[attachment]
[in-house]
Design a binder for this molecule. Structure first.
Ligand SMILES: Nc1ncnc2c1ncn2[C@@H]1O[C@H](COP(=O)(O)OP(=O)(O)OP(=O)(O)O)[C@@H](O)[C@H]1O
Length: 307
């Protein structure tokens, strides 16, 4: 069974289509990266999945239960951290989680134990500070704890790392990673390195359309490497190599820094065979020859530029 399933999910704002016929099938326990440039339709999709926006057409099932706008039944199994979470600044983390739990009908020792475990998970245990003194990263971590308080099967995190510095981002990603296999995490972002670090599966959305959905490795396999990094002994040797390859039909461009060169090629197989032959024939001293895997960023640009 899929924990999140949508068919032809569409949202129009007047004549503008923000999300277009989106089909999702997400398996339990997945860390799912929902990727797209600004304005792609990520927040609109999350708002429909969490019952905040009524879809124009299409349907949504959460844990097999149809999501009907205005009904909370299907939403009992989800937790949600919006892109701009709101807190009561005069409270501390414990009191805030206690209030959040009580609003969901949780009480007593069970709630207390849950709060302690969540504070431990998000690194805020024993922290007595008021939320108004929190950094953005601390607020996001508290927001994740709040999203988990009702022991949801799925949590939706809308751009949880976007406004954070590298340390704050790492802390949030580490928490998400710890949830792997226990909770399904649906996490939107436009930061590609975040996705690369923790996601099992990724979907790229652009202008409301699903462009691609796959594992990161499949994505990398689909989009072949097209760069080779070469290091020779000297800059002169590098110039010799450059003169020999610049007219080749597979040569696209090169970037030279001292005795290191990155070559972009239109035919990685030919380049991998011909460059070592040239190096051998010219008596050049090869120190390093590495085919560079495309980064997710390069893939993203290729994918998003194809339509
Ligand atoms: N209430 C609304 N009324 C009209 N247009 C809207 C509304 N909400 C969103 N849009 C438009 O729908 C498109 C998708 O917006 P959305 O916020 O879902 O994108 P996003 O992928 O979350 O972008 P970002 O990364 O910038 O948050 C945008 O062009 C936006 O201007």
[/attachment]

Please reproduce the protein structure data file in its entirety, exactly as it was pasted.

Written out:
[in-house]
Design a binder for this molecule. Structure first.
Ligand SMILES: Nc1ncnc2c1ncn2[C@@H]1O[C@H](COP(=O)(O)OP(=O)(O)OP(=O)(O)O)[C@@H](O)[C@H]1O
Length: 307
């Protein structure tokens, strides 16, 4: 069974289509990266999945239960951290989680134990500070704890790392990673390195359309490497190599820094065979020859530029 399933999910704002016929099938326990440039339709999709926006057409099932706008039944199994979470600044983390739990009908020792475990998970245990003194990263971590308080099967995190510095981002990603296999995490972002670090599966959305959905490795396999990094002994040797390859039909461009060169090629197989032959024939001293895997960023640009 899929924990999140949508068919032809569409949202129009007047004549503008923000999300277009989106089909999702997400398996339990997945860390799912929902990727797209600004304005792609990520927040609109999350708002429909969490019952905040009524879809124009299409349907949504959460844990097999149809999501009907205005009904909370299907939403009992989800937790949600919006892109701009709101807190009561005069409270501390414990009191805030206690209030959040009580609003969901949780009480007593069970709630207390849950709060302690969540504070431990998000690194805020024993922290007595008021939320108004929190950094953005601390607020996001508290927001994740709040999203988990009702022991949801799925949590939706809308751009949880976007406004954070590298340390704050790492802390949030580490928490998400710890949830792997226990909770399904649906996490939107436009930061590609975040996705690369923790996601099992990724979907790229652009202008409301699903462009691609796959594992990161499949994505990398689909989009072949097209760069080779070469290091020779000297800059002169590098110039010799450059003169020999610049007219080749597979040569696209090169970037030279001292005795290191990155070559972009239109035919990685030919380049991998011909460059070592040239190096051998010219008596050049090869120190390093590495085919560079495309980064997710390069893939993203290729994918998003194809339509
Ligand atoms: N209430 C609304 N009324 C009209 N247009 C809207 C509304 N909400 C969103 N849009 C438009 O729908 C498109 C998708 O917006 P959305 O916020 O879902 O994108 P996003 O992928 O979350 O972008 P970002 O990364 O910038 O948050 C945008 O062009 C936006 O201007």